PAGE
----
The Bankruptcy Process
What You Can Expect During a Bankruptcy Filing
Bankruptcy is a legal action designed for those who cannot pay off their debts.
It is often sought by individuals due to difficult circumstances such as:
- An illness
- Job loss
- Or other circumstances that contribute to significant debt
If you are drowning in debt, bankruptcy may be the right solution for you. As your Worcester bankruptcy attorney, I can help you understand the legal options available to you and begin the bankruptcy process should it be appropriate.
The timeline of what will occur will then be based on the type of bankruptcy you seek.
What Are the Steps Taken in Bankruptcy?
The first step in the bankruptcy process is to go through credit counseling with an approved agency six months prior to filing. You will also have to complete a financial management course after filing.
You will need to gather all of the financial information needed by the court, such as:
- Your income sources
- Major financial expenditures in the last two years
- Your monthly expenses
- Your secured and unsecured debts
- Your assets and property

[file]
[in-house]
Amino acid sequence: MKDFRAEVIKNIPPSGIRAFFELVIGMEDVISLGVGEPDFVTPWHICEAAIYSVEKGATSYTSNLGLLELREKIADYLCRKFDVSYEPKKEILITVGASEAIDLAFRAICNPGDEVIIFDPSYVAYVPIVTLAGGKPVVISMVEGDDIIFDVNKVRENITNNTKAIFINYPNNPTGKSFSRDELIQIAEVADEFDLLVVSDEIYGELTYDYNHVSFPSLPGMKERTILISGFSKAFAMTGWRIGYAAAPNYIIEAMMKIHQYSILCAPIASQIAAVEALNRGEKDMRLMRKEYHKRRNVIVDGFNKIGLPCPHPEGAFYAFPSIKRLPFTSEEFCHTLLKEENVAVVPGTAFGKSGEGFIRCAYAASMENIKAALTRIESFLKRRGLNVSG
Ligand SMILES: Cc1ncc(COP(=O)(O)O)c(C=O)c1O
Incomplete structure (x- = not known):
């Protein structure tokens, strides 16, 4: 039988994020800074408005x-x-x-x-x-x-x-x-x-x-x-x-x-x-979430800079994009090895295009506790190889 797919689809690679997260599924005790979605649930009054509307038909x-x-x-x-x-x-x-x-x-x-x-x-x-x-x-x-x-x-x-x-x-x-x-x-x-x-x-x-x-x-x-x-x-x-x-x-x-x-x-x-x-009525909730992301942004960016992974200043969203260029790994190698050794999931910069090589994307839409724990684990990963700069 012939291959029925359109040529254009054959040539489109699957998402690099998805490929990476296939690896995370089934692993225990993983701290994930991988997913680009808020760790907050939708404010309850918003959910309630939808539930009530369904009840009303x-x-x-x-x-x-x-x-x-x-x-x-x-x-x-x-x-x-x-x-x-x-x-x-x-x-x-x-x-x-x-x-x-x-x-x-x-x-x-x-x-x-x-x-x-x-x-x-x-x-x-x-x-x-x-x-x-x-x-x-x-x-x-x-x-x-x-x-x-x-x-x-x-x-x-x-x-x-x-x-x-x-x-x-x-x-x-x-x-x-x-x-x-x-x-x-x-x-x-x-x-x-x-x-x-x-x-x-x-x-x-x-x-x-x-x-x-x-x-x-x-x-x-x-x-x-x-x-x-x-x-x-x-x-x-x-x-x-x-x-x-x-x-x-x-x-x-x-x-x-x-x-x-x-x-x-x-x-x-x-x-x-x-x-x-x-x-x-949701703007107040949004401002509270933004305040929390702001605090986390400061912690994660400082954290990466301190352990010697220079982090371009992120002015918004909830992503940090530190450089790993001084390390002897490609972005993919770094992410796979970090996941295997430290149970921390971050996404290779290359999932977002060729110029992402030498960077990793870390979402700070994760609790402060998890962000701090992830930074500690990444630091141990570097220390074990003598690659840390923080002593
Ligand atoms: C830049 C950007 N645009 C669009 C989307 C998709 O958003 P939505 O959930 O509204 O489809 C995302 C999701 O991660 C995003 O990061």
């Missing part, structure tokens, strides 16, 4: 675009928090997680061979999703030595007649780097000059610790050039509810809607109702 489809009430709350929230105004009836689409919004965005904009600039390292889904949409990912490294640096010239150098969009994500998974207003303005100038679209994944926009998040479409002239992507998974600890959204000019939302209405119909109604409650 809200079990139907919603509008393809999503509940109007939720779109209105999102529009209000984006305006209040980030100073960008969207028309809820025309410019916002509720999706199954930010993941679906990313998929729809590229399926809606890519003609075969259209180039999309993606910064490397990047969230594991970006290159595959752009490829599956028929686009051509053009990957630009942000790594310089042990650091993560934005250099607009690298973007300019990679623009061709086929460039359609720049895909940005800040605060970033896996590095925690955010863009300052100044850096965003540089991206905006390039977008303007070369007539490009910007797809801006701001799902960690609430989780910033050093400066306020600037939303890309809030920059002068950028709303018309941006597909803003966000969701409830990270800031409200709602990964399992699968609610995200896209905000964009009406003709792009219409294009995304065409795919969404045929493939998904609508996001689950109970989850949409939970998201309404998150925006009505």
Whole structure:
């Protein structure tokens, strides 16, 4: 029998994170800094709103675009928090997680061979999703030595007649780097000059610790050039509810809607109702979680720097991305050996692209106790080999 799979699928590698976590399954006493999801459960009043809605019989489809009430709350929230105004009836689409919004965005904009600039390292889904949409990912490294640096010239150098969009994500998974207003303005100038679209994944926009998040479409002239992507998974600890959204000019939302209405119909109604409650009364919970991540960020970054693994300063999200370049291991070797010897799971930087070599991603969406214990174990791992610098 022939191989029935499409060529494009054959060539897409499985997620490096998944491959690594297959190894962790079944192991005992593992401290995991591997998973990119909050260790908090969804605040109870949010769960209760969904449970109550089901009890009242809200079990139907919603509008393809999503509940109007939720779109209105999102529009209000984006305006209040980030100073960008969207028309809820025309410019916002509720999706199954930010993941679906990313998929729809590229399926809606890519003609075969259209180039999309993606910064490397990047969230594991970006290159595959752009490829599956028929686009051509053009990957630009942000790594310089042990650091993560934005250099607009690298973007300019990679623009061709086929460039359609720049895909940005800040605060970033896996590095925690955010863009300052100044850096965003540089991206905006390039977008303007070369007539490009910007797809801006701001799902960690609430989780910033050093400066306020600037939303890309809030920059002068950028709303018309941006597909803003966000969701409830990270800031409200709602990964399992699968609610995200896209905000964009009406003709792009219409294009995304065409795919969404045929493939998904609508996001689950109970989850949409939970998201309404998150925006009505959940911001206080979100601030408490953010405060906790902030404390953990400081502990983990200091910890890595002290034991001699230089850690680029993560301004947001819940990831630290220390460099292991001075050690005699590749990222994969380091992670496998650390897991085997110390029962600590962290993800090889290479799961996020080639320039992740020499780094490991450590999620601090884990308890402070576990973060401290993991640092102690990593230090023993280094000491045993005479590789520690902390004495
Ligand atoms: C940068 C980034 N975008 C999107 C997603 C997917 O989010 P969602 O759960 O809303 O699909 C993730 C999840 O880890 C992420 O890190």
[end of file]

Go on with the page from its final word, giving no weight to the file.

You will then be able to determine what property is exempt from liquidation in a Chapter 7 filing. For a Chapter 13 filing, you will need to create a repayment plan that must be submitted to the court.
This plan will allow you to pay creditors over a three- or five-year period. Once you have filed, you will then be protected by an automatic stay from the court that will prohibit your creditors from contacting you for payment.
In Chapter 7, a trustee will be appointed to handle your case. The trustee will arrange for a meeting of your creditors which you will attend.
Any non-exempt property will then be liquidated to pay off your creditors. Once that occurs, the remainder of your debt will be discharged. This process takes about three to six months.
In Chapter 13, if your repayment plan is accepted by the court, you will then begin making the payment each month until you have fulfilled the plan terms. At the end of the term, whatever remains of your debt will be discharged. This process generally takes three to five years.
Knowledgeable, helpful, and always quick to respond!Brittany Guntor
"His wealth of experience certainly paid off as the process could not have gone any better than it did. Troy's quick responses to my questions were very much appreciated along the way. I cannot recommend Troy high enough."JL
Person at my side through entire process.Daniel G.